Researchers in Malaysia are harnessing properties in tropical microbes to address a variety of environmental, agricultural and aquacultural issues.
Dr Adeline Ting Su Yien and her colleagues at Monash University's School of Science are investigating the highly diverse genetic pool of tropical microbes for crop improvement; disease control in agriculture and in aquaculture; the removal of toxic metals and dyes from the environment; and accelerating waste recycling.
"The general idea is to tap into the diversity of microbes in the tropics, as we are a region rich with various microbial species," explains Ting. "We emphasize the use of novel groups of microbes, such as the indigenous microflora of the fish gut system, endophytes [fungi that live in plants] and non-white rot fungi for applications."
The team has discovered, for example, that native bacteria in fish guts have the potential to be used as probiotics to protect other fish grown in aquaculture against diseases.
Brine shrimp larvae are commonly used as fish feed, and are therefore the most appropriate vector for delivery of probiotics. The researchers isolated and cultured the bacterium Lactococcus lactis from catfish and treated brine fish larvae with a suspension of the bacteria, a process known as 'bioencapsulation'. The larvae were investigated and found to have a higher nutritional quality compared to larvae that weren't bioencapsulated with the bacteria. The team then fed the bioencapsulated brine shrimp larvae to a commonly eaten fish in Asia called climbing perch and found it offered the fish a level of disease protection.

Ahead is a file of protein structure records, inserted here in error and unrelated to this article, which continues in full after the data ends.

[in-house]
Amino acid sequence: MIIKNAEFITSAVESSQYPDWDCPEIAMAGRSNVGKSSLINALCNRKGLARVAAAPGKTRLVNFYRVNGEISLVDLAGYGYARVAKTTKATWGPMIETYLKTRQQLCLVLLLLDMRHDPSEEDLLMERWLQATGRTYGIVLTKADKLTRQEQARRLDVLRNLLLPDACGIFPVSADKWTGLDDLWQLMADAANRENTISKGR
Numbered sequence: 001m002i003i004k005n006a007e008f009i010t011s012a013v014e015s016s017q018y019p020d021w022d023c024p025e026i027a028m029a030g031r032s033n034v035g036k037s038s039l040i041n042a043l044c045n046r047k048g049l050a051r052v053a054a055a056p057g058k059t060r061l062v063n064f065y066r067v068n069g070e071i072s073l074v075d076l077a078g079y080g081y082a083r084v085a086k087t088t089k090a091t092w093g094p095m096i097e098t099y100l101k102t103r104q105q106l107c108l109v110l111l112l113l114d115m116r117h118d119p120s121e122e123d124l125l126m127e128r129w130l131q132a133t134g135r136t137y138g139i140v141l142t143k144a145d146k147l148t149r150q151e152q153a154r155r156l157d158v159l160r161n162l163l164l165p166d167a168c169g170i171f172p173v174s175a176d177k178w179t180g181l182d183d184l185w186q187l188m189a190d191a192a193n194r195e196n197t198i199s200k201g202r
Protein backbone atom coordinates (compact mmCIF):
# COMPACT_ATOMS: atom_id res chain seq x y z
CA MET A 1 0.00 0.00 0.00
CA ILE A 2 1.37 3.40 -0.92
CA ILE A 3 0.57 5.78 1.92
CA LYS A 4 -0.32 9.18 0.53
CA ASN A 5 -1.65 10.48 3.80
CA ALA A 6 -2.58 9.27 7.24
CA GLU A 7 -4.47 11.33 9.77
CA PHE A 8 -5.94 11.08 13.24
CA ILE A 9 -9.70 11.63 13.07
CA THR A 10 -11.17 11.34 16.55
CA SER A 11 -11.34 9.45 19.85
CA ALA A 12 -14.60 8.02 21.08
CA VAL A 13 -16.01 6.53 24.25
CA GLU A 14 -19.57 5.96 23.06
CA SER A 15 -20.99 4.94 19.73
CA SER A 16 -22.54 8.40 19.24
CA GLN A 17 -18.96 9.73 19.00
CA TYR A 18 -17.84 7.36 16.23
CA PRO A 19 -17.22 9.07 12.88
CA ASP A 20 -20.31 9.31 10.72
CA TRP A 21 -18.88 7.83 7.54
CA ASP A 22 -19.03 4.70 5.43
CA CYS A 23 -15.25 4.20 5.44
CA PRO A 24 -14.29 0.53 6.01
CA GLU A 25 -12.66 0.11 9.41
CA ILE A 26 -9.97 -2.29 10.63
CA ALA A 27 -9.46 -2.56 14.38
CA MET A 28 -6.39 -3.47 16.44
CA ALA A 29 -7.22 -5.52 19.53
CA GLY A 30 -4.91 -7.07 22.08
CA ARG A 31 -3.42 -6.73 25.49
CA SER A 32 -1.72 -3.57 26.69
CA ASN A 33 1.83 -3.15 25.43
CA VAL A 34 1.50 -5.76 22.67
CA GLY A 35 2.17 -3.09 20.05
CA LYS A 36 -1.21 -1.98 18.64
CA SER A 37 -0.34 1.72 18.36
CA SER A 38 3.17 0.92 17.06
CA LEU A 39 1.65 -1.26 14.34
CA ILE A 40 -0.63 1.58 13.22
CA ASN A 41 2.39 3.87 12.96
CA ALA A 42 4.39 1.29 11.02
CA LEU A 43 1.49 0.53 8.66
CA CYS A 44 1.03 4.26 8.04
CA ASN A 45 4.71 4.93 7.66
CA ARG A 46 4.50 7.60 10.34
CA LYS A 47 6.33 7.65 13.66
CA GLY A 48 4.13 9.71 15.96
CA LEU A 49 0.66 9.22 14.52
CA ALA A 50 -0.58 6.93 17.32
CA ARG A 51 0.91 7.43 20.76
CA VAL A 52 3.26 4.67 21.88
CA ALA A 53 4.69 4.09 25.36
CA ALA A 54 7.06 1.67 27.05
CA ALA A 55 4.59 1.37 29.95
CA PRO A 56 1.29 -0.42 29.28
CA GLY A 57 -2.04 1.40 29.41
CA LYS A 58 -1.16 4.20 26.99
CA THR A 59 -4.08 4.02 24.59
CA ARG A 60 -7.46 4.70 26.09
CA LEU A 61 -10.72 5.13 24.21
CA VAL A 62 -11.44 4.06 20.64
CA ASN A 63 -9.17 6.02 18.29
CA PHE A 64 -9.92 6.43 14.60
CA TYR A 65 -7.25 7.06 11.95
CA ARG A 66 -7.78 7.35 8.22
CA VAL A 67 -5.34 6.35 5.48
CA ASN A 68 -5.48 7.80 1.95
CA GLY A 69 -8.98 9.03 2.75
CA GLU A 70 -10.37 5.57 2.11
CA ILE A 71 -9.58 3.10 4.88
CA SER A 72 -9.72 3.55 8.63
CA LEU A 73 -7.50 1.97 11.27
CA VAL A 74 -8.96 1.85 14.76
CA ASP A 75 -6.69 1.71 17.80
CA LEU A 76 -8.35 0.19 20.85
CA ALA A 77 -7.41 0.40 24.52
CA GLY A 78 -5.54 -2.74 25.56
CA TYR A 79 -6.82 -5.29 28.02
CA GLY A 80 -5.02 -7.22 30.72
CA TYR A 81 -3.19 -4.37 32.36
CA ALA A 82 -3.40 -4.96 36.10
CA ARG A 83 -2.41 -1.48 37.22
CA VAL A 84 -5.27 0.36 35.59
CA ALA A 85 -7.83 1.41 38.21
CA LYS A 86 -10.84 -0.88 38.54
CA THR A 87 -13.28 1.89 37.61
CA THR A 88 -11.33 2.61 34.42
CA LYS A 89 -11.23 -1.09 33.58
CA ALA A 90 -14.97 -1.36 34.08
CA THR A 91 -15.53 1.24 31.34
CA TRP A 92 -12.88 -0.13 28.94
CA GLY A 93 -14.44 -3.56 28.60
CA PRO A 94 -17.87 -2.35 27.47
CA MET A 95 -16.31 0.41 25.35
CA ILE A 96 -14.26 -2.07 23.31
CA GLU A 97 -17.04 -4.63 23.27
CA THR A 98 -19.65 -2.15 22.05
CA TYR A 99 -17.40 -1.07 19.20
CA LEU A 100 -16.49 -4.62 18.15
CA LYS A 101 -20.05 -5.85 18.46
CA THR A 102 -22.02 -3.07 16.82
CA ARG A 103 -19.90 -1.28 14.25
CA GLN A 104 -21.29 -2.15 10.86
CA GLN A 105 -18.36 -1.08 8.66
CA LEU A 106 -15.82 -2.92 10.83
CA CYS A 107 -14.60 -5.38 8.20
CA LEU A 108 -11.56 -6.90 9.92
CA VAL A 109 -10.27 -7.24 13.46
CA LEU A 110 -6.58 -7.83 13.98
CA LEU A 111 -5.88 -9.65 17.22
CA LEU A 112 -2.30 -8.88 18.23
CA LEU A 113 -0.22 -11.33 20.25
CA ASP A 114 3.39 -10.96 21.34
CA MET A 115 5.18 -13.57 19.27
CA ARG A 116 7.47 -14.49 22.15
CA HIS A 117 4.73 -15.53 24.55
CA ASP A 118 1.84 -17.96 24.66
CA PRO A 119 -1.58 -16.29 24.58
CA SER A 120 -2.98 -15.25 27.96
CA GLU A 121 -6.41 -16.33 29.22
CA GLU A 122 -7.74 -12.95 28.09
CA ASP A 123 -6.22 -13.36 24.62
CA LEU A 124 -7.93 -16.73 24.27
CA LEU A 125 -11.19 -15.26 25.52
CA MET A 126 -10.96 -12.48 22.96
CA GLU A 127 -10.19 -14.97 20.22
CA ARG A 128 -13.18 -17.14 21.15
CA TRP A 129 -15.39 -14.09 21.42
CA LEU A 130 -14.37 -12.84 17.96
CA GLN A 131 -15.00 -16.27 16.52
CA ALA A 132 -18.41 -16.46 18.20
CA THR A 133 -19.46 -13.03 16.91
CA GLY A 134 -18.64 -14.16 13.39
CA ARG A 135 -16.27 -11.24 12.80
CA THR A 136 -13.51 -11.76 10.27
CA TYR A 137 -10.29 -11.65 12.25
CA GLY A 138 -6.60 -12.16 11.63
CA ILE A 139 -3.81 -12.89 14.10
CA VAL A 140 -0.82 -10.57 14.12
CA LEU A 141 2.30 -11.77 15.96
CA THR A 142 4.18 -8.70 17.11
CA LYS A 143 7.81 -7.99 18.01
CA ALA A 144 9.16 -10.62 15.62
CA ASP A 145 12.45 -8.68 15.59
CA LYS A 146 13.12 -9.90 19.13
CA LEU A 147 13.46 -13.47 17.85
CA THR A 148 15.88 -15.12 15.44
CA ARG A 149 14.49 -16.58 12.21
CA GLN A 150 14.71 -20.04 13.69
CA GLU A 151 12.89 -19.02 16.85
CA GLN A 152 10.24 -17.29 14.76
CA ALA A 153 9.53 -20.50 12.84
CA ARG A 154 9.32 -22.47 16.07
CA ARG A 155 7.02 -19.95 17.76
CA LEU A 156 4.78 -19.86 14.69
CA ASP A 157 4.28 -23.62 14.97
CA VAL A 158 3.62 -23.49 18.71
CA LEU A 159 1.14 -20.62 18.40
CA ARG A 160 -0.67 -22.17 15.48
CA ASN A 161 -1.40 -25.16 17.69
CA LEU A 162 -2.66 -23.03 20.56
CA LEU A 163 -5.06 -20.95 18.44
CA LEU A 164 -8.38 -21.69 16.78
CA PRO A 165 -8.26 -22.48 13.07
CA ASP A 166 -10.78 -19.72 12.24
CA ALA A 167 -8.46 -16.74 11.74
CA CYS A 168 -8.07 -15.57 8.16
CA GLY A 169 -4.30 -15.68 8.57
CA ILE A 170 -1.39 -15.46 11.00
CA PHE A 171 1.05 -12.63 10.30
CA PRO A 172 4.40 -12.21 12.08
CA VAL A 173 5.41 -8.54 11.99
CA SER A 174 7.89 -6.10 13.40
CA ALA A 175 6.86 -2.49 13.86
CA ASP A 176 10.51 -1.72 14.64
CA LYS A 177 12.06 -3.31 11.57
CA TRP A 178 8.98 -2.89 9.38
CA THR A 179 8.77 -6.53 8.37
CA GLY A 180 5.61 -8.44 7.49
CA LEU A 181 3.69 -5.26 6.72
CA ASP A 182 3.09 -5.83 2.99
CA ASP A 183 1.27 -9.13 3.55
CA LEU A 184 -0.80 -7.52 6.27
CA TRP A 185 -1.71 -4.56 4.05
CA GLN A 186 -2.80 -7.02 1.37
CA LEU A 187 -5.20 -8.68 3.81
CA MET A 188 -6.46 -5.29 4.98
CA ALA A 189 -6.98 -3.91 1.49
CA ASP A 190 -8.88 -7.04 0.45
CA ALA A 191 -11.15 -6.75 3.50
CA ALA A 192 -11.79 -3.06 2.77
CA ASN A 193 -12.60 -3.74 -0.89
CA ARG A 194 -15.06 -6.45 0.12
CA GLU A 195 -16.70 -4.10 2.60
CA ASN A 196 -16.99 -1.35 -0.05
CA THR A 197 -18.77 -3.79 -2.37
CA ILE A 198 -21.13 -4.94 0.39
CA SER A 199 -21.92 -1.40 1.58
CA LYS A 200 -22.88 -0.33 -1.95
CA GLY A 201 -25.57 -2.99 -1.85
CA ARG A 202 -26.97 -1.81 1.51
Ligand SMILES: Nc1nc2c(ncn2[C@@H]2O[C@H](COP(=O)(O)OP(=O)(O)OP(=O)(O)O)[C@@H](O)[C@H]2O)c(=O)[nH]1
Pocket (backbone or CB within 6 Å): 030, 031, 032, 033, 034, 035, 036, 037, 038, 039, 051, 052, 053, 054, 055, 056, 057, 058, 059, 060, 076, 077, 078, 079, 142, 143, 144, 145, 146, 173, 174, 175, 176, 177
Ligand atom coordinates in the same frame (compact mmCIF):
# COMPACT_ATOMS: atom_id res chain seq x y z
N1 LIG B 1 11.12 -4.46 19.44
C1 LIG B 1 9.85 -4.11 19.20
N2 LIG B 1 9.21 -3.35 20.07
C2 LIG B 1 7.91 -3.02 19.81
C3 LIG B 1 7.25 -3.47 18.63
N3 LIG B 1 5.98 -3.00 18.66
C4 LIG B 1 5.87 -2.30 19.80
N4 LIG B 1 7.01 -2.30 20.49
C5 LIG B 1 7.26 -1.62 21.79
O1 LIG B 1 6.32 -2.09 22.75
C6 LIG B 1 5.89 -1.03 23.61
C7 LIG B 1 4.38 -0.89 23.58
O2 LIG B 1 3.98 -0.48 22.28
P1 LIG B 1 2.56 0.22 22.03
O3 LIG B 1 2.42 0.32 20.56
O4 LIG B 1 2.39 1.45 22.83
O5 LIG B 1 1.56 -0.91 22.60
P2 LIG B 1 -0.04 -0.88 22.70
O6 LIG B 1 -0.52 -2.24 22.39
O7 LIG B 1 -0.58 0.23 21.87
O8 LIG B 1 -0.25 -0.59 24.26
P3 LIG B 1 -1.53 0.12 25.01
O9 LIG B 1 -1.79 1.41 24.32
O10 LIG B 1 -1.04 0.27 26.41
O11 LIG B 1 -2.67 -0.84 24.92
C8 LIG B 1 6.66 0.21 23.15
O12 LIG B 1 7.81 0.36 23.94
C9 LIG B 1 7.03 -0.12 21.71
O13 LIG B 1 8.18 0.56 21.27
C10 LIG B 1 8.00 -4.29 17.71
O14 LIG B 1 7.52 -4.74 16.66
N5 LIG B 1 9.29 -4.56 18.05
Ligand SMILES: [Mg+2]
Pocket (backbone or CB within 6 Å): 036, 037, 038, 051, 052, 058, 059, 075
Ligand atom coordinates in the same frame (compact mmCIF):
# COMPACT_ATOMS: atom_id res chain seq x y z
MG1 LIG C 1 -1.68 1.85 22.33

The team also found that formulations made with strains of Streptomyces bacteria commonly found in soil had antibacterial and antifungal properties that could be used to protect banana crops from the fungal-borne Panama wilt disease. Plants can also be protected from wilt disease by extracting organisms -- called endophytes -- that live in plants to 'pre-colonize' other target plants.
In another study, the researchers extracted common fungi from river sediments, indoor wastewater and plants to use in the removal of toxic metals and dyes from the environment. For example, they extracted the common fungus Trichoderma asperellum from the Penchala River in Kuala Lumpur and found it had the potential to remove triphenylmethane dyes (used extensively in the textile, leather, food, pharmaceutical, cosmetic and paper industries) from water.
The Monash University researchers also isolated a filamentous bacterium called Actinomycete from empty fruit bunches of oil palms. They found that these bacteria could be used to accelerate the composting process of these empty fruit bunches, in addition to being used as biocontrol agents against Ganoderma boninense, a serious pathogen of the oil palm.
The team next plans to look for bioactive compounds produced by endophytes living in medicinal plants. "Our preliminary studies show endophytes from medicinal plants are highly diverse and have good antimicrobial and antioxidant properties," says Ting. The researchers will also further develop the microbes identified in their studies for potential use in large-scale settings.
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